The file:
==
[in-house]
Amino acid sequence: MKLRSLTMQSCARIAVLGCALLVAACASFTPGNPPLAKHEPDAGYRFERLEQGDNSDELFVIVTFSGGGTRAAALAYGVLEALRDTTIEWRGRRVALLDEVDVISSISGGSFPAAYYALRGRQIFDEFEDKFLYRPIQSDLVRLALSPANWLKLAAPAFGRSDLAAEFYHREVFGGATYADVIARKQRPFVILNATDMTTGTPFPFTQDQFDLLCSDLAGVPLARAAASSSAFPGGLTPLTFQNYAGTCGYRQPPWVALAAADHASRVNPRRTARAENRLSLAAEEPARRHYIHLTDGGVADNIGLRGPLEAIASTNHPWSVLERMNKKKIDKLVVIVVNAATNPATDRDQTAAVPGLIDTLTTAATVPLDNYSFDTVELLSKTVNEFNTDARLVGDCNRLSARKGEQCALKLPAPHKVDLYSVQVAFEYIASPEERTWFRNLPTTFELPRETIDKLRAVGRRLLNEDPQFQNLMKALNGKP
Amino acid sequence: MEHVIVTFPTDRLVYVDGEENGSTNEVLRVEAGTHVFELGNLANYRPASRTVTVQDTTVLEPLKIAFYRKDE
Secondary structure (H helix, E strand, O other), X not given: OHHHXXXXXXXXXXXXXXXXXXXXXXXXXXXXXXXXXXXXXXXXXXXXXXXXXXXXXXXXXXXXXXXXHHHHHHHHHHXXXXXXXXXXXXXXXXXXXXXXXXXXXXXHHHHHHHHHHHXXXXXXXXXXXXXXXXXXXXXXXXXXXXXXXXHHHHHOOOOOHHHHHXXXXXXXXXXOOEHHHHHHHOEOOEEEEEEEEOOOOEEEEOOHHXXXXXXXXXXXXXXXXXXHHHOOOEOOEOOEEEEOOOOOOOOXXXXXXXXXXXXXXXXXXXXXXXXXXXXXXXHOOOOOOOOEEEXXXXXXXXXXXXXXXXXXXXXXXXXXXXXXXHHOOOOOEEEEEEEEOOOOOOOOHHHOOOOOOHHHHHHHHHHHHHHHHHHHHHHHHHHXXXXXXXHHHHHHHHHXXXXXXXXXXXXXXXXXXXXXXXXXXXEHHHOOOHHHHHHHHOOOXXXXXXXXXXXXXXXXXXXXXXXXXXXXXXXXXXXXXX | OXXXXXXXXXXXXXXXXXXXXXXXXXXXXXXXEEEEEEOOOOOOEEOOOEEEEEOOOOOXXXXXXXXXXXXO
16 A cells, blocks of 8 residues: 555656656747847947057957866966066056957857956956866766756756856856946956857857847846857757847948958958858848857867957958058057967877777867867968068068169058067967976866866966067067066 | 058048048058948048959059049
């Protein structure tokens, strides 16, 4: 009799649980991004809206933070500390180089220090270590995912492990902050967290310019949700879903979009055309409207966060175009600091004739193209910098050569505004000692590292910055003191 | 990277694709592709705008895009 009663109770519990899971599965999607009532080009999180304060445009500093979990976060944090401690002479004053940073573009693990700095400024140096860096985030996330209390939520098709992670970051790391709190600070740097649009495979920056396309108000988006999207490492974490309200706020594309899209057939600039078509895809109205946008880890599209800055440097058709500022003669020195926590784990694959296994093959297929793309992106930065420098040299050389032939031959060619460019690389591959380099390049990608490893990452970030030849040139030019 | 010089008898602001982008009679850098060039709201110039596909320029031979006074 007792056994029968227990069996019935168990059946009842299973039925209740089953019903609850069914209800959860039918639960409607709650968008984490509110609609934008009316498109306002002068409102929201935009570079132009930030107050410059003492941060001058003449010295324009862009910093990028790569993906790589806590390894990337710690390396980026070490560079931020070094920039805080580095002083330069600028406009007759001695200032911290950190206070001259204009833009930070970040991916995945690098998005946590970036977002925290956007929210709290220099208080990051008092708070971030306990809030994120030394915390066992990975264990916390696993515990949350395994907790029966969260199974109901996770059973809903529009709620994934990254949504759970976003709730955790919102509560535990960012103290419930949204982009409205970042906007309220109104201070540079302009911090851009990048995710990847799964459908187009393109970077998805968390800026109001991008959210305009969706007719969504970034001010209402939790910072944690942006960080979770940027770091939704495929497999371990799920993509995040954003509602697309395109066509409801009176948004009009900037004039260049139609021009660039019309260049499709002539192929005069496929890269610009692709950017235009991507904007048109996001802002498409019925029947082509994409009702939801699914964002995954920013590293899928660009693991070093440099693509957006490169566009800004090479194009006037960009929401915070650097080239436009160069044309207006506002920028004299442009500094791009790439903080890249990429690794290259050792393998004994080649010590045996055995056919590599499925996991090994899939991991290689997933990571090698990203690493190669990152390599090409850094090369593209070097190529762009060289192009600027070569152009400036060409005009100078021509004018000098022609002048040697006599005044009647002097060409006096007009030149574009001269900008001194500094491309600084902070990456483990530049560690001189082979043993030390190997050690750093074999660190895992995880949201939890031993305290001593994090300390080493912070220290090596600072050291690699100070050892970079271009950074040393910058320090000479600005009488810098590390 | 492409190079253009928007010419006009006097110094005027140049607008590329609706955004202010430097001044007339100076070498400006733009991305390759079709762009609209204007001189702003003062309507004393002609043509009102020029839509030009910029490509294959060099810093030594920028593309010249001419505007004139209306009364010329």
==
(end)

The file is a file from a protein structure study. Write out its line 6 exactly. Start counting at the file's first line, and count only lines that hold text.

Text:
């Protein structure tokens, strides 16, 4: 009799649980991004809206933070500390180089220090270590995912492990902050967290310019949700879903979009055309409207966060175009600091004739193209910098050569505004000692590292910055003191 | 990277694709592709705008895009 009663109770519990899971599965999607009532080009999180304060445009500093979990976060944090401690002479004053940073573009693990700095400024140096860096985030996330209390939520098709992670970051790391709190600070740097649009495979920056396309108000988006999207490492974490309200706020594309899209057939600039078509895809109205946008880890599209800055440097058709500022003669020195926590784990694959296994093959297929793309992106930065420098040299050389032939031959060619460019690389591959380099390049990608490893990452970030030849040139030019 | 010089008898602001982008009679850098060039709201110039596909320029031979006074 007792056994029968227990069996019935168990059946009842299973039925209740089953019903609850069914209800959860039918639960409607709650968008984490509110609609934008009316498109306002002068409102929201935009570079132009930030107050410059003492941060001058003449010295324009862009910093990028790569993906790589806590390894990337710690390396980026070490560079931020070094920039805080580095002083330069600028406009007759001695200032911290950190206070001259204009833009930070970040991916995945690098998005946590970036977002925290956007929210709290220099208080990051008092708070971030306990809030994120030394915390066992990975264990916390696993515990949350395994907790029966969260199974109901996770059973809903529009709620994934990254949504759970976003709730955790919102509560535990960012103290419930949204982009409205970042906007309220109104201070540079302009911090851009990048995710990847799964459908187009393109970077998805968390800026109001991008959210305009969706007719969504970034001010209402939790910072944690942006960080979770940027770091939704495929497999371990799920993509995040954003509602697309395109066509409801009176948004009009900037004039260049139609021009660039019309260049499709002539192929005069496929890269610009692709950017235009991507904007048109996001802002498409019925029947082509994409009702939801699914964002995954920013590293899928660009693991070093440099693509957006490169566009800004090479194009006037960009929401915070650097080239436009160069044309207006506002920028004299442009500094791009790439903080890249990429690794290259050792393998004994080649010590045996055995056919590599499925996991090994899939991991290689997933990571090698990203690493190669990152390599090409850094090369593209070097190529762009060289192009600027070569152009400036060409005009100078021509004018000098022609002048040697006599005044009647002097060409006096007009030149574009001269900008001194500094491309600084902070990456483990530049560690001189082979043993030390190997050690750093074999660190895992995880949201939890031993305290001593994090300390080493912070220290090596600072050291690699100070050892970079271009950074040393910058320090000479600005009488810098590390 | 492409190079253009928007010419006009006097110094005027140049607008590329609706955004202010430097001044007339100076070498400006733009991305390759079709762009609209204007001189702003003062309507004393002609043509009102020029839509030009910029490509294959060099810093030594920028593309010249001419505007004139209306009364010329």